Josh said he plans to run the ranch in a similar fashion as his dad since it’s worked well for so long, focusing on keeping up with projects like fence mending.
“You’ve got to put in a lot of man hours and sweat into making the place look nice and it’s always been my goal to make it look as nice as it can be,” Jim said.
Over the next three years, Josh and Jim will continue to work together on the ranch but with reversed roles. Josh will oversee the bulk of the day-to-day management and billing, and he and his girlfriend are in the process of moving their horses, chickens, ducks and goats from Silt to Owl Creek.
“He’s gotta know the game, the politics of it,” Jim said of the management transition. “You have to always be one step ahead of the people you work for or you have issues. That’s something I try to always do, to get something done before it’s ever mentioned to me.”
Jim will assist Josh as needed four to five days a week, commuting from his new home in New Castle. He is in the process of moving out of Owl Creek, where he’s added to collections of everything from horses, saddles and wagons, to arrowheads, clocks and toy sewing machines over the years with the help of area locals.
Both Snyders also plan to continue tying ropes for local area kids every year for the Aspen Historical Society in Ashcroft together, and volunteering for the Snowmass Rodeo every Wednesday evening over the summer.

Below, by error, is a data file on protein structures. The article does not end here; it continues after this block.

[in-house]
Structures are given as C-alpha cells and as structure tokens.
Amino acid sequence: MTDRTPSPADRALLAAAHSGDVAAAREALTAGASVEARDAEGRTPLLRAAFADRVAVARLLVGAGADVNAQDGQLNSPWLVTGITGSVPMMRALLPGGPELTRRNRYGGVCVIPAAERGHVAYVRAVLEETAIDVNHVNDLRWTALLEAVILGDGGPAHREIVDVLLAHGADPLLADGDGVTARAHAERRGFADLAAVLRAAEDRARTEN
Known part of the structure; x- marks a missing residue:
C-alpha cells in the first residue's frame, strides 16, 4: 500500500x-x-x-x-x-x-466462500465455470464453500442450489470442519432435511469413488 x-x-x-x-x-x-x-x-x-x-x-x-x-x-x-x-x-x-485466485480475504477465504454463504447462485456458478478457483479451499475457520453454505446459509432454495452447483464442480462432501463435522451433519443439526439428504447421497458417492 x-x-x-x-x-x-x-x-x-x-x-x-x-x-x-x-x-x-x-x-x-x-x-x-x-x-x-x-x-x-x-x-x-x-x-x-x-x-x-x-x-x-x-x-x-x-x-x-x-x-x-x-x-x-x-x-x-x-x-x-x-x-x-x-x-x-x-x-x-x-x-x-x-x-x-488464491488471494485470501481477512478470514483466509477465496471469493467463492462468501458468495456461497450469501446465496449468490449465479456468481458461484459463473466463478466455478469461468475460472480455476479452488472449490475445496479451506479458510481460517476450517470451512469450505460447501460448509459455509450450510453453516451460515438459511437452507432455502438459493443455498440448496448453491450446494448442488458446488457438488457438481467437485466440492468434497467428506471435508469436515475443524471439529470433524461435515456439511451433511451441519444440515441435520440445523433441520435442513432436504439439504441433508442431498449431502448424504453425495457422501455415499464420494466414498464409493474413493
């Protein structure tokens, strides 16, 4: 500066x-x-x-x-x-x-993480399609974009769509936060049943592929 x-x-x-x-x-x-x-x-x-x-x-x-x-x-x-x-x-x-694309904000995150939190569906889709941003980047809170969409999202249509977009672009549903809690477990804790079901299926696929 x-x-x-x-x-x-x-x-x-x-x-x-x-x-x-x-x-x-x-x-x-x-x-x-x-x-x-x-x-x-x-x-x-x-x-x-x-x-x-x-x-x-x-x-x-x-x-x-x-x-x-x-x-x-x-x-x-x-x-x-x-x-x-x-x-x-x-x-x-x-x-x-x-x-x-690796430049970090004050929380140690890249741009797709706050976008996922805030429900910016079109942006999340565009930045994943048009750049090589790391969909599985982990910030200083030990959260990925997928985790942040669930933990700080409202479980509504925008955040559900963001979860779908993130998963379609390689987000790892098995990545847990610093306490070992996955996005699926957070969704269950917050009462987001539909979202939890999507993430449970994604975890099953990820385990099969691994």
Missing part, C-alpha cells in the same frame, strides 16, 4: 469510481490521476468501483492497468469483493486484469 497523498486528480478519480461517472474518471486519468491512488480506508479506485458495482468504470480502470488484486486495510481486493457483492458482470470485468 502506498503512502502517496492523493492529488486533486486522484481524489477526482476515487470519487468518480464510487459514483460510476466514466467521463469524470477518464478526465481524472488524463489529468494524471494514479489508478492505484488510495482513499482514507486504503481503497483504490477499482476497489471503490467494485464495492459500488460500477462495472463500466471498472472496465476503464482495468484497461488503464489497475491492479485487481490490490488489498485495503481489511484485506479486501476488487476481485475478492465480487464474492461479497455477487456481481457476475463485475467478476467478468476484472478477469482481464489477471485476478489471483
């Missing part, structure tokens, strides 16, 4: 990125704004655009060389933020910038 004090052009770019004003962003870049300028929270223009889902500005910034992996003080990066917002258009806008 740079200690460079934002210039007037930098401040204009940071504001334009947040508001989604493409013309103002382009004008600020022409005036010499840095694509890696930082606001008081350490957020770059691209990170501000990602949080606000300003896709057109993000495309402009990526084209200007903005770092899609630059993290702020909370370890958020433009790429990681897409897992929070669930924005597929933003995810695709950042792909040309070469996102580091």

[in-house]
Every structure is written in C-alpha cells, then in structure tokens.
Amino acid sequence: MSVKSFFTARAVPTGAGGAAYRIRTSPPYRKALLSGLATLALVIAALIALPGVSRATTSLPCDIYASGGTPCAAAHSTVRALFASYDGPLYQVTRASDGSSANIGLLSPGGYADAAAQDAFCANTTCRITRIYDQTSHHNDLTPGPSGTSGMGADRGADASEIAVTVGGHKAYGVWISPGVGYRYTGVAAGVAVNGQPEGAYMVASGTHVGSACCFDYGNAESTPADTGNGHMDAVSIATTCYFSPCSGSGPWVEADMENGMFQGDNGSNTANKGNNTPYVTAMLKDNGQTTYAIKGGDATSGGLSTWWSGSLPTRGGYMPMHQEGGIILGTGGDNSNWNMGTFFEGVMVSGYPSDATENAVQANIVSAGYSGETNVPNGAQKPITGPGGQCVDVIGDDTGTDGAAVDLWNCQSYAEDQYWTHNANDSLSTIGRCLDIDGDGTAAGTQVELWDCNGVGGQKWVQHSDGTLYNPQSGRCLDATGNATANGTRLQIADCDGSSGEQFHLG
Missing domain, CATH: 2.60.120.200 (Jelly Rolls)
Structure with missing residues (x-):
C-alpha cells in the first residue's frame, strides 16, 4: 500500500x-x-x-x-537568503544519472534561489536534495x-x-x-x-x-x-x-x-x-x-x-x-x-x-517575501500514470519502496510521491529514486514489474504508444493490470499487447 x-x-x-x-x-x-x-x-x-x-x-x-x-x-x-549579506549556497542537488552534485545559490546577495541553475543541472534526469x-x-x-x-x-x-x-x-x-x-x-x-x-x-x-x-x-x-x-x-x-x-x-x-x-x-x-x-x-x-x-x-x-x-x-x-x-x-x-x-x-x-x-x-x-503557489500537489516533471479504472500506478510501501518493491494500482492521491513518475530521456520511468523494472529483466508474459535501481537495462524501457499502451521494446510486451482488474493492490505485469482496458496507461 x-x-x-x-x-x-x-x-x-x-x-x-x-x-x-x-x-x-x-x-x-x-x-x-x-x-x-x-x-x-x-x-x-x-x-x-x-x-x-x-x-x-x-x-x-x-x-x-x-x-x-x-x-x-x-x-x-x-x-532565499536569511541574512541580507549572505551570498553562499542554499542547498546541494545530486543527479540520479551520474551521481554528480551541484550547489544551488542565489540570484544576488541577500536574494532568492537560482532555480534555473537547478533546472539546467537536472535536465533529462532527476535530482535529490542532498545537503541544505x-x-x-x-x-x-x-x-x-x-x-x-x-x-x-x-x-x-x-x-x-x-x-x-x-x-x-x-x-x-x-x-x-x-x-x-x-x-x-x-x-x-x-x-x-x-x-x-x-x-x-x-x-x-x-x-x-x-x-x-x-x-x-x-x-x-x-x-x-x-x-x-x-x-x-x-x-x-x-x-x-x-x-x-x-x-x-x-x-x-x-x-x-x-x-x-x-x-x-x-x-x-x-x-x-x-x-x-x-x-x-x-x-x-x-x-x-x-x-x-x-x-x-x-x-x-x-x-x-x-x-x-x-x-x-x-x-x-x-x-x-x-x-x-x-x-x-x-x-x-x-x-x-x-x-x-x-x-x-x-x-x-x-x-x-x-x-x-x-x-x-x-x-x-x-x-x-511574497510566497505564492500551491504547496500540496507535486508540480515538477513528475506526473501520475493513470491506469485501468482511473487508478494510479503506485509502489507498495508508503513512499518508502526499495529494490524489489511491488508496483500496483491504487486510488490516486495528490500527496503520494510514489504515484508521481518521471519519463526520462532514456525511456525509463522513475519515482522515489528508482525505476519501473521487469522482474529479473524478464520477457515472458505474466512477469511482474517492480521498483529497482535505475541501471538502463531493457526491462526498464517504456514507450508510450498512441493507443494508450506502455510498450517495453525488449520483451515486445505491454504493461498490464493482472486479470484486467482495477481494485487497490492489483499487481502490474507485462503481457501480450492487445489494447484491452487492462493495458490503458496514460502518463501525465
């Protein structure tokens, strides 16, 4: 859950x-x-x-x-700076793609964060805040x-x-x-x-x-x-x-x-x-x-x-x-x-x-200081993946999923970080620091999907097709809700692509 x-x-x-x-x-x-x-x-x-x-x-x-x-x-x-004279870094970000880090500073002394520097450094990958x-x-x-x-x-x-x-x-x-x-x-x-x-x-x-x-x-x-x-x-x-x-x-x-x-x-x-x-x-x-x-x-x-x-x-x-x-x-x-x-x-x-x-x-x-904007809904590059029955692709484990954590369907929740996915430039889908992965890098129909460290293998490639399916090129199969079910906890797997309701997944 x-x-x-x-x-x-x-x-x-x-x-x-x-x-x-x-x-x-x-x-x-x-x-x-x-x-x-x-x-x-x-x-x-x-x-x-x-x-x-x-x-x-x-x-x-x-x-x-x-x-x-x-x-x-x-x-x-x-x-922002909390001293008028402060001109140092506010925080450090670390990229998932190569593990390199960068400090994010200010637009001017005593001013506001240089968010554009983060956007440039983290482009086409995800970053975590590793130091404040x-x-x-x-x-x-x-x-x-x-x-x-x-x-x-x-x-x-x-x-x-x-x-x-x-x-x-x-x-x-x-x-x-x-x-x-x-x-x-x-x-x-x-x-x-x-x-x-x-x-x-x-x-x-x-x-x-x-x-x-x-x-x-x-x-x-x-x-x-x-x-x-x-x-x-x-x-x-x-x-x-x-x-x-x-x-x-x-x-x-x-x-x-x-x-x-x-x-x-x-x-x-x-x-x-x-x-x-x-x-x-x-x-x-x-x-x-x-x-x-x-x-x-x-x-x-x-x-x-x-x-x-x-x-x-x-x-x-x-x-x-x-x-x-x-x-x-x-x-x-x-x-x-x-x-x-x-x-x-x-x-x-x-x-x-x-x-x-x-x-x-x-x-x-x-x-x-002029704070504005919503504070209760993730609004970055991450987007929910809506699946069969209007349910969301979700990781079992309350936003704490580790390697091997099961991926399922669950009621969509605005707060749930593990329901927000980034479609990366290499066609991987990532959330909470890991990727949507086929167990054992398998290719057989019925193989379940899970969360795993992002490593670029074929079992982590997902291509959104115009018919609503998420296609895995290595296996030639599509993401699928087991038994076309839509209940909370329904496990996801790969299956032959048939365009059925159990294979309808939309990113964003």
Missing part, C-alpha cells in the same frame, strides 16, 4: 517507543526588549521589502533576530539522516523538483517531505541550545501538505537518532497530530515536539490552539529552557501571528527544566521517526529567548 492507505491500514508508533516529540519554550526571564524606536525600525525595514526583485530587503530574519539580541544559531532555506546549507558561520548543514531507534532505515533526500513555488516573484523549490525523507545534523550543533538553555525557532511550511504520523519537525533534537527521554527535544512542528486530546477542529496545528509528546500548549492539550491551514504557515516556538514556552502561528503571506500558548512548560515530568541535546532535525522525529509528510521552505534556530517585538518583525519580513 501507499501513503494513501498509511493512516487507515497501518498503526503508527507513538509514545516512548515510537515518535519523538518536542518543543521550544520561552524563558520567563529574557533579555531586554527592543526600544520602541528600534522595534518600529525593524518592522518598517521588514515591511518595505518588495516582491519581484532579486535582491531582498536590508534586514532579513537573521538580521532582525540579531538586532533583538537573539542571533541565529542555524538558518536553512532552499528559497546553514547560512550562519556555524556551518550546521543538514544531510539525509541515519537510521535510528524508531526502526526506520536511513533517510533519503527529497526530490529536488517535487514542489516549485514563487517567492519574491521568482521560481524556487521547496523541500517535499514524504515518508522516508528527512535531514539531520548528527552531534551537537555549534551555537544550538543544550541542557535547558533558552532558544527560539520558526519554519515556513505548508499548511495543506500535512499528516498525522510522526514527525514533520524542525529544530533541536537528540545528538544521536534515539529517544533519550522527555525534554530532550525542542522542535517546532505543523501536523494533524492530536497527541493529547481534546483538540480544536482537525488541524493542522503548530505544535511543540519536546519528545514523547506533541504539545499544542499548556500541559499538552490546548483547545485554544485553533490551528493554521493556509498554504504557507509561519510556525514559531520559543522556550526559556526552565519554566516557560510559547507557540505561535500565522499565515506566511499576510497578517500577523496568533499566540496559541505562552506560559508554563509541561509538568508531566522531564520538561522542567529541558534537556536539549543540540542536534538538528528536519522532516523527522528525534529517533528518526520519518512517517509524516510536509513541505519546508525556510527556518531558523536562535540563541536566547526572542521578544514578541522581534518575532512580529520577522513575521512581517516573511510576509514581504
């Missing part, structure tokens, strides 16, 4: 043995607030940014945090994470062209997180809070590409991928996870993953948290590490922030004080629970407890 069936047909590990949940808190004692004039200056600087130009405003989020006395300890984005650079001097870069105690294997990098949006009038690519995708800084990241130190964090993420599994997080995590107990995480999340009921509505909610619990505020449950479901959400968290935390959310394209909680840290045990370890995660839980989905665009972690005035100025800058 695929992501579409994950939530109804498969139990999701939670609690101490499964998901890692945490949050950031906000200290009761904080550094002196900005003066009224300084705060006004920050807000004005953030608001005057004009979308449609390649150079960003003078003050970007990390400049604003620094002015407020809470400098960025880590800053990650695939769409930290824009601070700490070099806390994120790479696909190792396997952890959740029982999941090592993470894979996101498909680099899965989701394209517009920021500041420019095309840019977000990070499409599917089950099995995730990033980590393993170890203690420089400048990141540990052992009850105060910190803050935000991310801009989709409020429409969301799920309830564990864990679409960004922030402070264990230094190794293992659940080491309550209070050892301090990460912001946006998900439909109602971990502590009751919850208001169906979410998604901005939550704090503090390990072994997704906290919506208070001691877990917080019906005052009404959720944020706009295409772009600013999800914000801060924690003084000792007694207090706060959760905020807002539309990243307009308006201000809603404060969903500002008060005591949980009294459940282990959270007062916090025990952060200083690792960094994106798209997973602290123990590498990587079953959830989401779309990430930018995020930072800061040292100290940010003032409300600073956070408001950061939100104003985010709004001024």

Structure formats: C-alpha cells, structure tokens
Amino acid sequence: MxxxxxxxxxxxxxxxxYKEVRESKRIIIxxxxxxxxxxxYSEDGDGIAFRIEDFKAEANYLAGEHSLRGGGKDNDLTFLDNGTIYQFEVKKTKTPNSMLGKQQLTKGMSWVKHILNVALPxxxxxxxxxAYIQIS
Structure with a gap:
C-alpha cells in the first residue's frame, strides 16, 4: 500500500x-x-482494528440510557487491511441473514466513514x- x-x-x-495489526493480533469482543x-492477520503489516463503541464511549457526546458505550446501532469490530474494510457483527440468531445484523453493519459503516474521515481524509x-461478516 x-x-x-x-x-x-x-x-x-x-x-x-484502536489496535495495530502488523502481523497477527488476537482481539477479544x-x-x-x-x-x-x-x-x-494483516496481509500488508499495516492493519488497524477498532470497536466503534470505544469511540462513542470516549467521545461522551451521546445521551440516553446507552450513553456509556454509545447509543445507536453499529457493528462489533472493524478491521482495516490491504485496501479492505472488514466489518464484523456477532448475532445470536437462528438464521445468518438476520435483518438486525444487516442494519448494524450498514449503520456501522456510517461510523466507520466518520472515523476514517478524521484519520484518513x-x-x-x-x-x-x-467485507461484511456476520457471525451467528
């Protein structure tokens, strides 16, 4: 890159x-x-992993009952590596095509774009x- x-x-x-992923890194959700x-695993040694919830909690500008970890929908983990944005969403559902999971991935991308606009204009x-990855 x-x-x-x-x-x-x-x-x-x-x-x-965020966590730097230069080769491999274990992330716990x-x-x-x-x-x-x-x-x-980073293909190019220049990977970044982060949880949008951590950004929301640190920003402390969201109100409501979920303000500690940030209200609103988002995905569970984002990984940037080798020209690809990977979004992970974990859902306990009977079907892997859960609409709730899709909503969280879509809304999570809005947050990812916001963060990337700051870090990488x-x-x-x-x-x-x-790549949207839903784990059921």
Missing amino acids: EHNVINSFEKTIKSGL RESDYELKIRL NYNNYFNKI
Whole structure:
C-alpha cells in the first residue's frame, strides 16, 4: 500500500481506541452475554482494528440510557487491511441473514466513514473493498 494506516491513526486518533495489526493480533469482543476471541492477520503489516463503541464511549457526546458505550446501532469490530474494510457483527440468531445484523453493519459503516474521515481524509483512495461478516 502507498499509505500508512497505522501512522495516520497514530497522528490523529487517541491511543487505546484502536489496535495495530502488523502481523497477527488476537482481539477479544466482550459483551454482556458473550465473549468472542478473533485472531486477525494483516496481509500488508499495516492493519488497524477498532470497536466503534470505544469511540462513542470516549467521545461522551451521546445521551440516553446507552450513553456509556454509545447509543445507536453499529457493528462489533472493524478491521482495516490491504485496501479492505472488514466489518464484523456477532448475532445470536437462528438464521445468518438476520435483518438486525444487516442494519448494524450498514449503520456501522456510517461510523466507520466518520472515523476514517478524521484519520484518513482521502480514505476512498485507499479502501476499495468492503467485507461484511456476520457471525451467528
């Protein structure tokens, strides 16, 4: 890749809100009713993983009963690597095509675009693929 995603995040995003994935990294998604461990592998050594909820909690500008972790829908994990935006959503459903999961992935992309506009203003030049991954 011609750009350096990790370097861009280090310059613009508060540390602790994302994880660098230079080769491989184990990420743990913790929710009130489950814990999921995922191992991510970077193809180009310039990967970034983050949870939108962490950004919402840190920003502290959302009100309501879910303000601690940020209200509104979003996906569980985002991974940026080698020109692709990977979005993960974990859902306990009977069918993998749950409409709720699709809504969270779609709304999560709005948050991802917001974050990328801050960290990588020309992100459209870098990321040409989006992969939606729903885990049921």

“Josh and I have always worked together and we work together really well,” Jim said. “I think we’ll just keep knocking out the same projects that need to be knocked out every year.”
For both men, Owl Creek Ranch is the source of a lot of stories, and has served not only as a place to work and live but a place to grow as people.
Josh said he feels growing up on the ranch has given him the skills, work ethic and respect needed to succeed as an adult, and Jim feels that while raising a family on the ranch wasn’t always easy, it taught him a lot and introduced him to many of his closest friends.
“There are so many stories and so many neat people who have lived here. Some I’d call my very close friends and would do anything I could for them,” Jim said. “I’ve been very, very fortunate to have spent 30 years here. It’s been a dream job.”
Support Local Journalism
Support Local Journalism
Readers around Aspen and Snowmass Village make the Aspen Times’ work possible. Your financial contribution supports our efforts to deliver quality, locally relevant journalism.
Now more than ever, your support is critical to help us keep our community informed about the evolving coronavirus pandemic and the impact it is having locally. Every contribution, however large or small, will make a difference.
Each donation will be used exclusively for the development and creation of increased news coverage.
Start a dialogue, stay on topic and be civil.
If you don't follow the rules, your comment may be deleted.
User Legend: Moderator Trusted User
On Sept. 11, a small group of local Roaring Fork Fire Rescue responders walked 3 miles from Snowmass Town Park to the Top of the Village for the fifth annual Axes and Arms 9/11 Climb.